ATLANTIC CITY — By next spring, crowds leaving events at Boardwalk Hall will no longer have to pass a vacant tract of land serving as a reminder of shuttered casinos.
A portion of the site that has been home to the Playboy Casino and Trump World’s Fair Casino will now house a compilation of upscale stores that developers say will capture business from tourists leaving sporting events and concerts at the nearby arena.
BET Investments broke ground Thursday on the 16,000-square-foot project. The Horsham, Pa., firm is headed by Bruce E. Toll, who co-founded luxury home-building giant Toll Brothers Inc.
BET Investments President Michael Markman said the company is in discussions with national and local tenants who will “up the ante” on the level of retail found on Atlantic City’s Boardwalk. The company did not announce any specific retailers for the development, which is expected to be completed in March or April 2015.
Toll purchased the L-shaped site that’s been vacant for roughly 14 years at a bankruptcy auction in 2005 at a price of $25 million. Initial plans called for building luxury condominiums, but those plans were scrapped when the housing market declined.
Markman acknowledged the initial plans Thursday, saying the market still isn’t ready to support a high-rise residential building. The company, however, hopes that the new development will spur more activity on the Boardwalk and perhaps lead to the company developing the remainder of the 2.5-acre site.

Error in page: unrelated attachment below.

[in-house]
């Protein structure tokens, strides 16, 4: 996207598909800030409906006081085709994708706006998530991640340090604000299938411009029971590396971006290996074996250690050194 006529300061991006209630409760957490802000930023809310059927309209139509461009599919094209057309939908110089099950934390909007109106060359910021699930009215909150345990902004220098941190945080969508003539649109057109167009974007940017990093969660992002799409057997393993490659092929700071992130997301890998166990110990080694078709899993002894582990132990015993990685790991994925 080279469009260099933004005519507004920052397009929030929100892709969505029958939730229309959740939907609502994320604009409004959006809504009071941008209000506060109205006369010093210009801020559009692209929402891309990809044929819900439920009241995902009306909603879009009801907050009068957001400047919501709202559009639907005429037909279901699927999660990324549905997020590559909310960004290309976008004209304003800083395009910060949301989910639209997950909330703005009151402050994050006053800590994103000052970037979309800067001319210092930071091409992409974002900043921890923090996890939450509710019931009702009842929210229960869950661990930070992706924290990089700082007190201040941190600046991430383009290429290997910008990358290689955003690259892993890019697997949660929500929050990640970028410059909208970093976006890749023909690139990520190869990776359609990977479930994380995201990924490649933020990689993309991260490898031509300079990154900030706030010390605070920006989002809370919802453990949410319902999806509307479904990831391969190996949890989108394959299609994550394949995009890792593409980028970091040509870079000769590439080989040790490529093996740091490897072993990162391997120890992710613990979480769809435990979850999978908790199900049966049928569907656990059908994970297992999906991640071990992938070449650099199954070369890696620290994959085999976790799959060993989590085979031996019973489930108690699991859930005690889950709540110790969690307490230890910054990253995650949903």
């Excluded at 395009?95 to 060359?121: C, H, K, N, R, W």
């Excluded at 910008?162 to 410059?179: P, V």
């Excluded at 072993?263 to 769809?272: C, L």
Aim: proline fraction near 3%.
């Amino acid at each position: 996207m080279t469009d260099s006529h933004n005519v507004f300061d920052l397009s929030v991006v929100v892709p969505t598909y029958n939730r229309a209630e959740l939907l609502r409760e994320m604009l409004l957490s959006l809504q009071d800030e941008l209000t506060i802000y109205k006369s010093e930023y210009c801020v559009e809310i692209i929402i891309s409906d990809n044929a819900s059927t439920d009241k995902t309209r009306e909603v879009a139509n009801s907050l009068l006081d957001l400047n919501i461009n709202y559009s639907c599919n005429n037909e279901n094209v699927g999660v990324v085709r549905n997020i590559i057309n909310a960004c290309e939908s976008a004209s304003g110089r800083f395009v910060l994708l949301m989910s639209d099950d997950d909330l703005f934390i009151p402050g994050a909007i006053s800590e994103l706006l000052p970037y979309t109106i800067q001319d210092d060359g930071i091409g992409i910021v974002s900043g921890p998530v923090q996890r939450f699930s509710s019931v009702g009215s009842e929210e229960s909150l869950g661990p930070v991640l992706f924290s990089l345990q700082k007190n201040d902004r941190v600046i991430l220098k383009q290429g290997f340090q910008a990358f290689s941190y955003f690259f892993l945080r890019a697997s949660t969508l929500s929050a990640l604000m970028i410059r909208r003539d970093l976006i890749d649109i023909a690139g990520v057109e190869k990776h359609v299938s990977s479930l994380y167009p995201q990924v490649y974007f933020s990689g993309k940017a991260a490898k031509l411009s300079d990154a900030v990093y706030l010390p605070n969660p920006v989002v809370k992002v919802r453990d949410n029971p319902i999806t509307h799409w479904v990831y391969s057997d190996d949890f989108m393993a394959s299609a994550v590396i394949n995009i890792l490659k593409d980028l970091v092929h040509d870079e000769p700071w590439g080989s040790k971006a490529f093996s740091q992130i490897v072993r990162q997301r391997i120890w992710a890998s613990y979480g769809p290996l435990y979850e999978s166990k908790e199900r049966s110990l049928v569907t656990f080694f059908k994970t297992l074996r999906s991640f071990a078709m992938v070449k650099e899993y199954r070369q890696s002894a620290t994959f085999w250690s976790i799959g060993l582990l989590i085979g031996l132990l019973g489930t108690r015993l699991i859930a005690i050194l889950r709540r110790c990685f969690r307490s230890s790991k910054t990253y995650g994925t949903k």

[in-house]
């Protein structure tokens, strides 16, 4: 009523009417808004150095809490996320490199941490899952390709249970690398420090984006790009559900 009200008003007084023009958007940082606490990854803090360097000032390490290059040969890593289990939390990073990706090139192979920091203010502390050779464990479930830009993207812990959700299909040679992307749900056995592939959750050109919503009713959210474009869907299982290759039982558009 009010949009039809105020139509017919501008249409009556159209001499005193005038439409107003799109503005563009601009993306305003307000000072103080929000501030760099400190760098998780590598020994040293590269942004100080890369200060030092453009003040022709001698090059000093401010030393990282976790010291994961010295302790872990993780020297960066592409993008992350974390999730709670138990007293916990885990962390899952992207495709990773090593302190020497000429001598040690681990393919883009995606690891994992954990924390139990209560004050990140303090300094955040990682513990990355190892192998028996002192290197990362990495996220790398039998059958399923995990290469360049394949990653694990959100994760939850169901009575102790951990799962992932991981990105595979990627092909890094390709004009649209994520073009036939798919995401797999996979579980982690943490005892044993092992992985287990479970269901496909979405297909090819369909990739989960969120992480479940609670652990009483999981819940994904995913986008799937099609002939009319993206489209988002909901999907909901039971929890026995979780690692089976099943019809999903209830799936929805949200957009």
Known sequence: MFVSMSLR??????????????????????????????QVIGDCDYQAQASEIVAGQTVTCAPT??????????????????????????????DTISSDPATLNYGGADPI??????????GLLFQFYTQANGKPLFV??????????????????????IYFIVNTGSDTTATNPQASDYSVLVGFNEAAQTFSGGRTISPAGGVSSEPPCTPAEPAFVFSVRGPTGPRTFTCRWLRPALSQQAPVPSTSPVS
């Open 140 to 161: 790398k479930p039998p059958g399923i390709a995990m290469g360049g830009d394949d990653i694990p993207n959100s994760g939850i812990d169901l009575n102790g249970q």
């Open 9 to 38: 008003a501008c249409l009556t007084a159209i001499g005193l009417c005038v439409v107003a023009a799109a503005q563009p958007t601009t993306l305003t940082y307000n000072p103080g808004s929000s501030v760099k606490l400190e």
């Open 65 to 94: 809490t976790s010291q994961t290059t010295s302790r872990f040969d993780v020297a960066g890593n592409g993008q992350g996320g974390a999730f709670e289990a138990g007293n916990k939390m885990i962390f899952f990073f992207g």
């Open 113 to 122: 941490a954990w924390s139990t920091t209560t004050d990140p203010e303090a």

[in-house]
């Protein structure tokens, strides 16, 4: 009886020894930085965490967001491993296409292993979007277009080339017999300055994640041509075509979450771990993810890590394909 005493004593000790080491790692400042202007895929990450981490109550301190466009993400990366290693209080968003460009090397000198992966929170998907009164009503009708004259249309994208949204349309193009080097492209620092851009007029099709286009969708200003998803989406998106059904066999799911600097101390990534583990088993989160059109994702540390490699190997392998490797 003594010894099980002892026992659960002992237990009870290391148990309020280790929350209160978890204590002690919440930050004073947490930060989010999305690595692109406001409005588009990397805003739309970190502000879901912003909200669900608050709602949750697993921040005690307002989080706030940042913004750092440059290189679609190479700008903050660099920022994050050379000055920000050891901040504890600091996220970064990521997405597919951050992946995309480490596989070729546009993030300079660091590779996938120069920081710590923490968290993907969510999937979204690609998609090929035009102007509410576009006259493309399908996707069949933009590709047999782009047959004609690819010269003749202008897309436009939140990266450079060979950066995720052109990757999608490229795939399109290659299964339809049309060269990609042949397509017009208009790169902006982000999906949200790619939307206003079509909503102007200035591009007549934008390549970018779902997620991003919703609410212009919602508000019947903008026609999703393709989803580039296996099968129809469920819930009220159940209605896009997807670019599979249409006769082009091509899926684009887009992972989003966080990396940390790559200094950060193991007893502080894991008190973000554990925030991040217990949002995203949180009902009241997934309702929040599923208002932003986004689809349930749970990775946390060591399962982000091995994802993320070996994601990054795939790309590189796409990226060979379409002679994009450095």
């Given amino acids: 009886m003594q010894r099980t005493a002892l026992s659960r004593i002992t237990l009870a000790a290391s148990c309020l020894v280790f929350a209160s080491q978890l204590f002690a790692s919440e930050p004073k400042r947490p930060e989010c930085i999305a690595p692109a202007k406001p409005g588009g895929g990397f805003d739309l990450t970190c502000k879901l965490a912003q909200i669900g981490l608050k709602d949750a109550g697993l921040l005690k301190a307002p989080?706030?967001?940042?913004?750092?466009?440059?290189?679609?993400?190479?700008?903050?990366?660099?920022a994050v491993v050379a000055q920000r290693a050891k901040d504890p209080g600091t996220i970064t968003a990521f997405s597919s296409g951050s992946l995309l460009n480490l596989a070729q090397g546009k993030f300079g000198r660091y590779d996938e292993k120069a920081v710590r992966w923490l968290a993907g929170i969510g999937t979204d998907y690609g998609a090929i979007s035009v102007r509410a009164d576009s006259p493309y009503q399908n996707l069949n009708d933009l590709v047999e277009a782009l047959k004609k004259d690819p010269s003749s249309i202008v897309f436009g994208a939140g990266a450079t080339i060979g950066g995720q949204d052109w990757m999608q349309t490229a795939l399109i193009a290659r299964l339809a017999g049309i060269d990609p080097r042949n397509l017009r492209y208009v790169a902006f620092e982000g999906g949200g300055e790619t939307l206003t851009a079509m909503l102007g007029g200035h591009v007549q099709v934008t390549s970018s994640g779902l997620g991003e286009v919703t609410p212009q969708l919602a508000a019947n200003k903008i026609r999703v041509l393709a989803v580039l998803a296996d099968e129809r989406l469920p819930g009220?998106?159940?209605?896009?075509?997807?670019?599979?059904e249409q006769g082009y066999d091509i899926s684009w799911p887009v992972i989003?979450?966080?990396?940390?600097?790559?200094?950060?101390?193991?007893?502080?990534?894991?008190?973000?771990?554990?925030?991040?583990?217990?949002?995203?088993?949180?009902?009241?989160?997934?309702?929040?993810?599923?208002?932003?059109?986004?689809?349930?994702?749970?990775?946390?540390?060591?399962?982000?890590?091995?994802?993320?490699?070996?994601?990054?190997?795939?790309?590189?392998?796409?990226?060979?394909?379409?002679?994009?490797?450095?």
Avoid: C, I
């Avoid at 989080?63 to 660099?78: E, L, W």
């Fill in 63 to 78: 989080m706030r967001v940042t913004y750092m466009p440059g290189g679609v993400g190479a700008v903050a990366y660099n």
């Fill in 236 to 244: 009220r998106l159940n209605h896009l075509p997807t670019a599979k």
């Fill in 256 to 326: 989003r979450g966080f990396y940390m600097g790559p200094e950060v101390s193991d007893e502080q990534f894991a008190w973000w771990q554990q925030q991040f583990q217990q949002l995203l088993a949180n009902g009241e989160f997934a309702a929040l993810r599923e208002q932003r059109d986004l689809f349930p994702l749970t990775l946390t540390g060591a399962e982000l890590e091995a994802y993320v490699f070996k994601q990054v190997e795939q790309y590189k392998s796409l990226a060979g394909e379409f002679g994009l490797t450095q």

Atlantic City Mayor Don Guardian echoed that thought congratulating the company on its investment but adding that he will be even happier if he is ever standing at a groundbreaking for what he hopes will be “a very, very large building” behind the retail site.
“Any time we can get additional retail and restaurants in the city, creating jobs and paying taxes, it’s a good thing,” Guardian said.
Casino Reinvestment Development Authority Executive Director John Palmieri noted that the development is particularly important to the southern portion of the Boardwalk approaching Downbeach. Just past the site is Tropicana Atlantic City Casino and Resort, which will soon begin a $35 million renovation project that will include design and lighting improvements on the Boardwalk as well as a light and sound show.
Palmieri said the new development will be a “tremendous anchor” for the portion of the Boardwalk.
The site was first home to the Playboy Casino in 1981. The building then became the Atlantis casino hotel and then the Trump Regency Hotel before it closed as the Trump World's Fair Casino in 1999. The site has been vacant since the World's Fair was demolished shortly after its closing.
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